Silicon photonics technology has demonstrated, over the years, Photonic Integrated Circuits (PICs) relying on Si or Si3N4 materials that feature advanced functionalities for a wide area of applications. However, the fabrication of such PICs is usually compatible only with Front-End-of-Line (FEOL) processes that render very difficult post processing of the involved chips towards providing efficient interfaces with optical sources. This is a major problem for the next generation photonic circuits that are expected to co-integrate III-V laser sources on the Si substrate in a monolithic way, as the coupling interface between the active and the passive part of the PIC should be developed after the epitaxy and the fabrication of the lasers. In this work, we report on the development of a novel Silicon Rich Nitride (SRN) material with low stress and high refractive index (n<3.16), close to that of InP and InGaAsP which are commonly utilized for the laser sources. The SRN has been characterized with spectroscopic ellipsometry and Fourier-Transform Infrared Spectroscopy for estimation of complex refractive index and hydrogen content in the film. Based on this material, a trilayer stack has been developed for the formation of waveguides compatible with the Back-End-of-Line (BEOL) processes, while propagation losses have been extracted through cut-back measurements. These experimental results were then inserted as input parameters in 2D- and 3D-FDTD simulations for the design of efficient interfaces between III-V lasers and Si3N4 waveguides providing coupling efficiencies that can reach 83.81% and back-reflections of 0.032%.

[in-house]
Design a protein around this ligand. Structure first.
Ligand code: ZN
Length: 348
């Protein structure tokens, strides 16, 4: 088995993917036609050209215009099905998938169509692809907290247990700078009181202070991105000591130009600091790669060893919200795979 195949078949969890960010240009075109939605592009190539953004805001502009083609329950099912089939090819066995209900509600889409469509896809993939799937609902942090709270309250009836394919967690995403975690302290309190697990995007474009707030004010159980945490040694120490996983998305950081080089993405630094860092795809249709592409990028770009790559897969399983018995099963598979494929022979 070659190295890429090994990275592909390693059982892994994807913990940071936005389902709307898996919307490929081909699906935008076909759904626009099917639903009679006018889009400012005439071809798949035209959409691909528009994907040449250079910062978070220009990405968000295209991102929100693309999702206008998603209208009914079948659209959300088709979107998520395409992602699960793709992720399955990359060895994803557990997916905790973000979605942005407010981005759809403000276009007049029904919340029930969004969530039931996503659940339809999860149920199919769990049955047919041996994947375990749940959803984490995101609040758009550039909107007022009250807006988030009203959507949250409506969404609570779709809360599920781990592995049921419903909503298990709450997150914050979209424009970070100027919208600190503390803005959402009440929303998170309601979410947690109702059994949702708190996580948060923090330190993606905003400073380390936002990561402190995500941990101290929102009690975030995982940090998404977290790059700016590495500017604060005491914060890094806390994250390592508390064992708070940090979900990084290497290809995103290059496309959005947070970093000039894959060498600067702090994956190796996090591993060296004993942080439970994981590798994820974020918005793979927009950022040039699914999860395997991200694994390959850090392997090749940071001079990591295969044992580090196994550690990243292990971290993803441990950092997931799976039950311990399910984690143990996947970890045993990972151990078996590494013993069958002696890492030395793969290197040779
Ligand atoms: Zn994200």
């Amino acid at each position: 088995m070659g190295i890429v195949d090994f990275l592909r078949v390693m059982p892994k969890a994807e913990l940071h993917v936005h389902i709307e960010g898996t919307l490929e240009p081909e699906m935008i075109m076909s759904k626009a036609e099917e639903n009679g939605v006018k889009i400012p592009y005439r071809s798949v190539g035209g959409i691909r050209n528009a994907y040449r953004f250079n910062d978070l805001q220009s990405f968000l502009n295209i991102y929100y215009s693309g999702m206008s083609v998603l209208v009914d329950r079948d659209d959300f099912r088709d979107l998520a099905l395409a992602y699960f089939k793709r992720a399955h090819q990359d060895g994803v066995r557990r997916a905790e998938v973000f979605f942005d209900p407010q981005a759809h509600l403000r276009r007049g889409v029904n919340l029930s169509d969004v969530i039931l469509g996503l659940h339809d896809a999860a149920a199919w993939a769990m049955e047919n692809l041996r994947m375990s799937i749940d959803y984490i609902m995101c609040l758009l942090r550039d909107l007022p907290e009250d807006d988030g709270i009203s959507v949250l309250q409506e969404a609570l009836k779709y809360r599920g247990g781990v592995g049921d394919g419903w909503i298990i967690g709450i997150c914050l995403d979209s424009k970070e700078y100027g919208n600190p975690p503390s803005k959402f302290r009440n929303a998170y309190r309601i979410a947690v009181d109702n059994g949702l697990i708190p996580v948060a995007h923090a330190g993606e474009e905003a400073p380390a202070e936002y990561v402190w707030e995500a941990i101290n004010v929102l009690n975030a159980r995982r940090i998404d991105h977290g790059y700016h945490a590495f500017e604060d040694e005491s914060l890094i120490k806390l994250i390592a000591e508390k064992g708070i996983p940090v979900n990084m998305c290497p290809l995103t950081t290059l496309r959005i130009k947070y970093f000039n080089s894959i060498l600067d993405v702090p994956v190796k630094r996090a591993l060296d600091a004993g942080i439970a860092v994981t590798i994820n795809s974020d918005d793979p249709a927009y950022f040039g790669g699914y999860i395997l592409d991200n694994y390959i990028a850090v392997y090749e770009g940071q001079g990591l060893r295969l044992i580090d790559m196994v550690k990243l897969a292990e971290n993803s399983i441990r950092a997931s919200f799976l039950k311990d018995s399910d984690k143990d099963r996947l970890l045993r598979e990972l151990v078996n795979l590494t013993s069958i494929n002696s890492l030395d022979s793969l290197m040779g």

Free space optical (FSO) communications are a potential application envisioned for Quantum Cascade Lasers technology. In this paper, we sketch out the main market scenarii for FSO communications, where data channels should reach up to Tbit/s over distances that range from 0.1 to 36000 km. We analyze where QCLs can be relevant, and what standards they must meet to be relevant at the industrial level. The following topics are discussed: competing technologies, atmospheric transmission physics, signal processing and multiplexing. We try and translate the constraints of the system-level into challenges for device-level research and development.